Close modal

The interaction strength of β = 1.80 eV is similar to the value of 1.99 eV suggested by tight binding calculations.50 The BAC parameters determined here differ significantly from those recommended in Vurgaftman and Meyer's review34 where, largely based on the work by Murdin et al.16 but using an N content-independent N level, they suggested EN = 0.65 eV and β = 3.0 eV. These values correspond to 145 meV/%N band gap reduction and band gap closure for ∼1.25% N at room temperature.

Results from hybrid DFT are also shown in Fig. 4 for InSb and InNSb with 3.125% N. As the DFT corresponds to 0 K, the results are compared with absorption results at 4 K for InSb and one InNSb sample with 0.73% N (see Fig. S2 of supplementary material). The DFT band gap of InNSb with 3.125% N is 23 meV. Assuming linear variation of band gap with N content, this gives a band gap reduction of 67 meV/%N. This is somewhat lower than the room temperature experimental value, which is probably due to the absence of N pair and cluster effects in DFT calculations using a 64 atom supercell containing only one N atom, which corresponds to a perfectly ordered array of substitutional N atoms, rather than a random distribution. The low temperature band gap dependence on N content has been calculated using k·P with and without the effects of N pairs and clusters on the effective N level and is shown in Fig. 4. The band gap reduction per %N, when the N level is fixed, is similar to the DFT results for N contents greater than 1.5%.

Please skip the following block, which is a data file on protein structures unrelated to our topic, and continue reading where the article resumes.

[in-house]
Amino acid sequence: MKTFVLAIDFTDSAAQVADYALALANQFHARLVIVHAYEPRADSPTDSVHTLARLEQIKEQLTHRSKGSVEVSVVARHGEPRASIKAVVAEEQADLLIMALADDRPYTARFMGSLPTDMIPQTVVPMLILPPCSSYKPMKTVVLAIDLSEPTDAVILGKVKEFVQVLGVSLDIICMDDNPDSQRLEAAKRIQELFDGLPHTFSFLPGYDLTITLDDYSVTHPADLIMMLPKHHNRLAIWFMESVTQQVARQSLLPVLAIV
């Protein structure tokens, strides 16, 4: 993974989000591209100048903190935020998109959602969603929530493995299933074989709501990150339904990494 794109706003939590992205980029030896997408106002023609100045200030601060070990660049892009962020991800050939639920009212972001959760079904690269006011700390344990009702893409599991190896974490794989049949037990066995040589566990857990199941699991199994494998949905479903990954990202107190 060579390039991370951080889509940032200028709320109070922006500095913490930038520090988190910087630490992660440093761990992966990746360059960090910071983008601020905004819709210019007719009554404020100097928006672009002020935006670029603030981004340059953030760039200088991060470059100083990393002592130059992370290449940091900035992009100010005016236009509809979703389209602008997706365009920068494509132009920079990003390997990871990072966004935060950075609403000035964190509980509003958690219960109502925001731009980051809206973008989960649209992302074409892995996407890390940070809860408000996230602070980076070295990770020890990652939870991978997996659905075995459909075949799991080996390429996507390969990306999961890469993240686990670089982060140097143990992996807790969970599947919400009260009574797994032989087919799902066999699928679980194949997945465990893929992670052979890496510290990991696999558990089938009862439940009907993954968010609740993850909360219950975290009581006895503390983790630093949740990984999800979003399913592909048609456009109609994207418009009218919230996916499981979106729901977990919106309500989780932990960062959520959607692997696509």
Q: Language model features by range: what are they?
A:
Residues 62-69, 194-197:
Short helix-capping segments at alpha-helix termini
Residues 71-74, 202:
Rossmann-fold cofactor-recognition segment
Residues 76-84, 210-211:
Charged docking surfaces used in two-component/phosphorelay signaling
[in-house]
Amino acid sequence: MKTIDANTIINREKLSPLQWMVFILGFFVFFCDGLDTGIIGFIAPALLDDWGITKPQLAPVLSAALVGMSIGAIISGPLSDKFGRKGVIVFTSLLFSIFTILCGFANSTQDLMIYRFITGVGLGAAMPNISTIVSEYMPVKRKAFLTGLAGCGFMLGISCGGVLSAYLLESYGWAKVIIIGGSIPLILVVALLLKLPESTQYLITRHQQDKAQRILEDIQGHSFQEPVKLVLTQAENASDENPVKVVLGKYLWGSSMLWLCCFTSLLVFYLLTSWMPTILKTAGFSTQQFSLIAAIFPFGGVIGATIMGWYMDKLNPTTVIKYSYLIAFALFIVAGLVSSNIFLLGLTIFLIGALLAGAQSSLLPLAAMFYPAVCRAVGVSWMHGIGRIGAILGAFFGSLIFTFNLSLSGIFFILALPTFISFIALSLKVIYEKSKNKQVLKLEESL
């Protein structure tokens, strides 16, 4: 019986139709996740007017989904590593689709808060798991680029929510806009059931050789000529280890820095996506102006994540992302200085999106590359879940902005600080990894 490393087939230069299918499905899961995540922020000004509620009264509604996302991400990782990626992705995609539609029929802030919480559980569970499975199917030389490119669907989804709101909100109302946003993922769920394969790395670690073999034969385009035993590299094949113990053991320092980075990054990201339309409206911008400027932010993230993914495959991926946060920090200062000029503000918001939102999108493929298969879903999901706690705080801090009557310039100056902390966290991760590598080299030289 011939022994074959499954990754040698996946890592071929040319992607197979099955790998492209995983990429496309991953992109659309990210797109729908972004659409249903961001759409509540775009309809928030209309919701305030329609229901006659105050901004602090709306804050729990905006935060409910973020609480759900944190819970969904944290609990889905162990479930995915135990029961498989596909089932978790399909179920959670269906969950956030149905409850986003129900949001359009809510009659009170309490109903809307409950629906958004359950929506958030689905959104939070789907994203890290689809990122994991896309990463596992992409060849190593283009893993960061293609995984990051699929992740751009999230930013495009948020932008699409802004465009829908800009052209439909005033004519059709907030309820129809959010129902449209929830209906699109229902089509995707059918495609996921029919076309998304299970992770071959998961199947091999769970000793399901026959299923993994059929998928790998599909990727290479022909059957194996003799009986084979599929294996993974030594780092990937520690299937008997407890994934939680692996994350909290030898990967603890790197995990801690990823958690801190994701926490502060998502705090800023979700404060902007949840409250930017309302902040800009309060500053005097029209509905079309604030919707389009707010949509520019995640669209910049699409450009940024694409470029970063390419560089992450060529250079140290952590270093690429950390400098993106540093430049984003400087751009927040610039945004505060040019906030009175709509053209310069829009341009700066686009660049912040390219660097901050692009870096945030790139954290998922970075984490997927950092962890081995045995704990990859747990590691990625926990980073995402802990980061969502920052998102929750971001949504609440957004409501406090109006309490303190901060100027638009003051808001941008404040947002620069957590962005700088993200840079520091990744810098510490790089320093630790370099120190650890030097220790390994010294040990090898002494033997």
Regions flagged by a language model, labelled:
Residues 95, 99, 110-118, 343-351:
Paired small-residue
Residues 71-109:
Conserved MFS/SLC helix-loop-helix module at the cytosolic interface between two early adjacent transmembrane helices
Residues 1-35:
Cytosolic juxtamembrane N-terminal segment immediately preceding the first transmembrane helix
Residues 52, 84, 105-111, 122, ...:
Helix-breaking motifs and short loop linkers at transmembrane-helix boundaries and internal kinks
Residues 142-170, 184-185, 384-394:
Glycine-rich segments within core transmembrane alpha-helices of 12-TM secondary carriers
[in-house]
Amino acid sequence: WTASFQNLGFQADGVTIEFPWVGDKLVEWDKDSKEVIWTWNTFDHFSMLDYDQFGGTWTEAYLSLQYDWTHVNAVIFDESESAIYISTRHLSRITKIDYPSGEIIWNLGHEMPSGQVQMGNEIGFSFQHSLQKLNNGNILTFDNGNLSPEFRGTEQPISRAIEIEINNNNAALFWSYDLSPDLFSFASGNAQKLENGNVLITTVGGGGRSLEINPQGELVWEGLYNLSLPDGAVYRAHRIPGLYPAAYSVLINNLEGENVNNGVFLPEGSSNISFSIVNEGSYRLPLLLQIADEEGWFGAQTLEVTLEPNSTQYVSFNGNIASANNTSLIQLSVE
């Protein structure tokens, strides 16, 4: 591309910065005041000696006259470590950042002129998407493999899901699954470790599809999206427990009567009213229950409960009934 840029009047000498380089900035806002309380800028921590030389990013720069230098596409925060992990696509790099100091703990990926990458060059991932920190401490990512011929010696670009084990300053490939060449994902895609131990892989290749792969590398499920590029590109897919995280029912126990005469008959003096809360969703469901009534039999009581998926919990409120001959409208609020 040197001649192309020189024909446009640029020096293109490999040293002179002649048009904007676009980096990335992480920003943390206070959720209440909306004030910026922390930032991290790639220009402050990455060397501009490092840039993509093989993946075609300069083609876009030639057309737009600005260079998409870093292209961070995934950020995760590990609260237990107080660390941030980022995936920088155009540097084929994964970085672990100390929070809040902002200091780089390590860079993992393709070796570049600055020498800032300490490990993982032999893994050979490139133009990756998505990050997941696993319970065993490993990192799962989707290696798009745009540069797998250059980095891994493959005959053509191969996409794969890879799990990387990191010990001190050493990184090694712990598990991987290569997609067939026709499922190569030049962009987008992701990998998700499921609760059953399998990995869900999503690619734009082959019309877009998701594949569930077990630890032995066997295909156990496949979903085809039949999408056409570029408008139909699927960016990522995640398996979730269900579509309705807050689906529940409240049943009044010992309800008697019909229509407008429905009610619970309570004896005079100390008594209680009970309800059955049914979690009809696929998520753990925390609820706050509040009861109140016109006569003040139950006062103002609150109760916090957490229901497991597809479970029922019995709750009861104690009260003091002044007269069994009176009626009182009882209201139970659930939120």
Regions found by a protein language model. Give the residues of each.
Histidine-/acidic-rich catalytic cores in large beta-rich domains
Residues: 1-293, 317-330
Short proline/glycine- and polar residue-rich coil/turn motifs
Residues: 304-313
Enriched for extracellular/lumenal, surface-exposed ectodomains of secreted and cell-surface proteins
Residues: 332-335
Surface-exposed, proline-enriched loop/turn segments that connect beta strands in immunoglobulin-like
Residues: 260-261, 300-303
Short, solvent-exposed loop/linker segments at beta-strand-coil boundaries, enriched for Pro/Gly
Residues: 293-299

The dispersions from DFT in the Γ to X direction for the heavy hole valence band and the lowest two conduction bands, E and E+, are shown in inset in Fig. 4. The band dispersions from k·P calculations are also shown. Without significantly changing the band dispersions, the value of β in the k·P was adjusted from 1.80 to 1.65 eV to reproduce the DFT band gap for x = 3.125% N. The k·P dispersions match those from hybrid DFT for the topmost valence band and the E subband. The energy position of the E+ band is similar for both methods, but with flatter dispersion in the k·P results.

The band gap reduction of 79 meV/%N represents a large proportional change due to the small band gap of InSb, but is about half the absolute band gap change per %N compared with that seen in GaNAs alloys (150 meV/%). This is a consequence of the N level lying more than 550 meV above the CBM in InNSb compared with only 250 meV for GaNAs. The InNSb band gap reduction per %N is greater than twice that observed per %Bi in InSbBi alloys (35 meV%Bi),53 but is accompanied by much greater lattice parameter change due to the greater difference between the zinc blende InN and InSb lattice parameters compared with that of the zinc blende InBi and InSb parameters. Additionally, the InNSb calculation suggests that at room temperature band gap closure will occur for x> 2.3%, giving a semimetallic band structure. Some circumstantial evidence of such band gap closure has previously been reported by Veal et al.18 At low temperature (0 or 4 K), band gap closure is predicted to occur at or greater than 3% N.

See supplementary material for figures showing N content from XRD versus growth temperature along with kinetic modeling and also the absorption spectra recorded at 4 K from an InSb substrate and from InNSb/InSb with 0.73% N.

The experimental work was supported by the Engineering and Physical Sciences Research Council (EPSRC) under Grant No. EP/G004447/2. W.M.L. acknowledges support from the National Science Center (NCN) Grant No. 2014/13/D/ST3/01947. D.O.S. and T.D.V. acknowledge support from the Materials Design Network. J.B. and C.R.A.C. acknowledge funding from the EPSRC Grant No. EP/K016288/1. The hybrid DFT was performed on the national supercomputer ARCHER via funding from the EPSRC Grant No. EP/L000202/1.